In this month that hosts the holiday “April Fools Day”, I’ve been focusing on my urges towards foolishness as a writer.
I want the security of writing “what I know” but every time I play it safe, try to create characters from “real” people, my writing leans towards dullness.
That makes sense. I don’t read for “reality”. I read tales that peak my interest, tales where I can’t guess how the heroine/hero will get themselves out of the bind, tales with ridiculous circumstances that could never happen (or at least not too often), tales with larger than life characters who don’t care what other people think. The characters authentic responses to their situations make the stories believable.
As a reader, I see some writers fall into the pitfall of trying to force their characters to react in certain ways (because that’s how they are supposed to react). I as the reader, want to pound on the floor and wail “why are you making me read this”? It’s reached the point where I’m ready to kiss the feet of the author who doesn’t force her character to react in jealousy. Do other people really spend that much of their lives feeling jealous?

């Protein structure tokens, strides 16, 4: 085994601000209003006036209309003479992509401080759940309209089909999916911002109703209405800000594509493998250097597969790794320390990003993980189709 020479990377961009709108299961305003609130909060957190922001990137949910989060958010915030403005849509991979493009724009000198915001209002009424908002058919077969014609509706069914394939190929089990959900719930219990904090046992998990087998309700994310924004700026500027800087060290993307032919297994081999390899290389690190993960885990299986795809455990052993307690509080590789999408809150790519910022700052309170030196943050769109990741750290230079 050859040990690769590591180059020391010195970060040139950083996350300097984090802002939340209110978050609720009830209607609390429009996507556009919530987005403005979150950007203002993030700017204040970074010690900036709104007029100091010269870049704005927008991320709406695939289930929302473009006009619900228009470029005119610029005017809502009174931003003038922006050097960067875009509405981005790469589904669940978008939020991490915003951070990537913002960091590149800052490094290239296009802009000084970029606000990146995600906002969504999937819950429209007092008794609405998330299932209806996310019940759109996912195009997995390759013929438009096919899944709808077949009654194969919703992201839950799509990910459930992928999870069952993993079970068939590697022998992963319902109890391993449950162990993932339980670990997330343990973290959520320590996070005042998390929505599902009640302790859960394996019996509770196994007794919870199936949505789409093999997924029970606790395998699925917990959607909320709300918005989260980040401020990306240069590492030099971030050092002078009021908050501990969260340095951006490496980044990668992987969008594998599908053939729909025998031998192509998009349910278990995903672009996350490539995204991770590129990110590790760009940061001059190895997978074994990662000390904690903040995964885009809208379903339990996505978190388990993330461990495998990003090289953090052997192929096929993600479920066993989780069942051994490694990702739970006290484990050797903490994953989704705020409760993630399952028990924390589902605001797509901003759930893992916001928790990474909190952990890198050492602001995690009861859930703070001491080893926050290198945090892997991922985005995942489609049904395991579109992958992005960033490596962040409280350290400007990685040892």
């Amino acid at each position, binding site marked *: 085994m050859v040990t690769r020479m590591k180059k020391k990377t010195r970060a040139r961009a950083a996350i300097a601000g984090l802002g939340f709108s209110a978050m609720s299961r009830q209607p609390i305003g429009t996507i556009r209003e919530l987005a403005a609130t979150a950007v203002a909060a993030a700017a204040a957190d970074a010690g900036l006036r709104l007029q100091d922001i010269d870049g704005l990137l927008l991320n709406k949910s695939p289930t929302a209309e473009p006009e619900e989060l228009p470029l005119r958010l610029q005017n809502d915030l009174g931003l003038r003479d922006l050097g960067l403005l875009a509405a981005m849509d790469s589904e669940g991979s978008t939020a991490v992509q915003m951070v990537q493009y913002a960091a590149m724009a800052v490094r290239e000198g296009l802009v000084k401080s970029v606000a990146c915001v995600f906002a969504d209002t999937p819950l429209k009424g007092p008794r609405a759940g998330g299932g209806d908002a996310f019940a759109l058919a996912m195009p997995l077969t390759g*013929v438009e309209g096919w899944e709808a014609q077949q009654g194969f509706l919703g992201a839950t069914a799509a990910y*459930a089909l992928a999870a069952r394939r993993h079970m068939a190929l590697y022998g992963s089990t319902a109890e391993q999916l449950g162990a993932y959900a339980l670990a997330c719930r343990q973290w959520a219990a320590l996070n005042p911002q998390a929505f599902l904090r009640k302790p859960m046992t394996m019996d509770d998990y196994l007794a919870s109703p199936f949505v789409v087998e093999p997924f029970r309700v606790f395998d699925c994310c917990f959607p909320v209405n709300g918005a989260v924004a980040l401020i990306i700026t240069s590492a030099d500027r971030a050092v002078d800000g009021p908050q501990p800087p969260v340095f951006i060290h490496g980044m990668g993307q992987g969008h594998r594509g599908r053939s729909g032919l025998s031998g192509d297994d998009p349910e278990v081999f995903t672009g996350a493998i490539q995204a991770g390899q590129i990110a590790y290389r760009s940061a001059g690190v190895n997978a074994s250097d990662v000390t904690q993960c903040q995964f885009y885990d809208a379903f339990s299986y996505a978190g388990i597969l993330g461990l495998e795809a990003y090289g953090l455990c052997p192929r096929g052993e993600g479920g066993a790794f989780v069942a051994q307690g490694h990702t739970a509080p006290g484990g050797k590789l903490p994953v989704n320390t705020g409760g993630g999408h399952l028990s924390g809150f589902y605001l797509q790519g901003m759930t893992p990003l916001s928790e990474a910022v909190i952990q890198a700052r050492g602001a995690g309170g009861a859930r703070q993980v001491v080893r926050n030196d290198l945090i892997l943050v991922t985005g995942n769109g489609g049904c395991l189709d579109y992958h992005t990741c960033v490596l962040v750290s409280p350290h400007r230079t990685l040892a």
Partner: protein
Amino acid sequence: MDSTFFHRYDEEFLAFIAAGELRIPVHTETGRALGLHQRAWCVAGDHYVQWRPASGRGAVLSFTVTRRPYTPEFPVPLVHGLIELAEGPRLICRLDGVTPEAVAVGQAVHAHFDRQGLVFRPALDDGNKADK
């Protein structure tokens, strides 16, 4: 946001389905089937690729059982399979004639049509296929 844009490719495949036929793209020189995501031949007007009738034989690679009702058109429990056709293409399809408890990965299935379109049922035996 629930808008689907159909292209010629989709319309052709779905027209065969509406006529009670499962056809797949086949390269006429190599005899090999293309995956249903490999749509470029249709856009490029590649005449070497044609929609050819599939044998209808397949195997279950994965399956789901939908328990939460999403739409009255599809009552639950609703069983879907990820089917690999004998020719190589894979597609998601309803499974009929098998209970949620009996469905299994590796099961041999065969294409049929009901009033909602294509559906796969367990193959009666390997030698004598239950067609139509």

As I writer, I will admit to having a sense of what is the “right thing to do” (or at least what some would say is the right thing to do) and wanting to do “the right thing” but I’m also aware that I wouldn’t usually react as expected.
Oddly enough, and this where the foolishness comes in, I teeter back and forth on whether to do “the right thing”, the thing others would say is the right thing to do, or to follow my gut sense of what is right.
Bottom line, my goal in writing what I know is to write emotions — characters reactions — as authentically as I can. I know all about emotions; for everything else, I plan to experiment with bigger and crazier than life.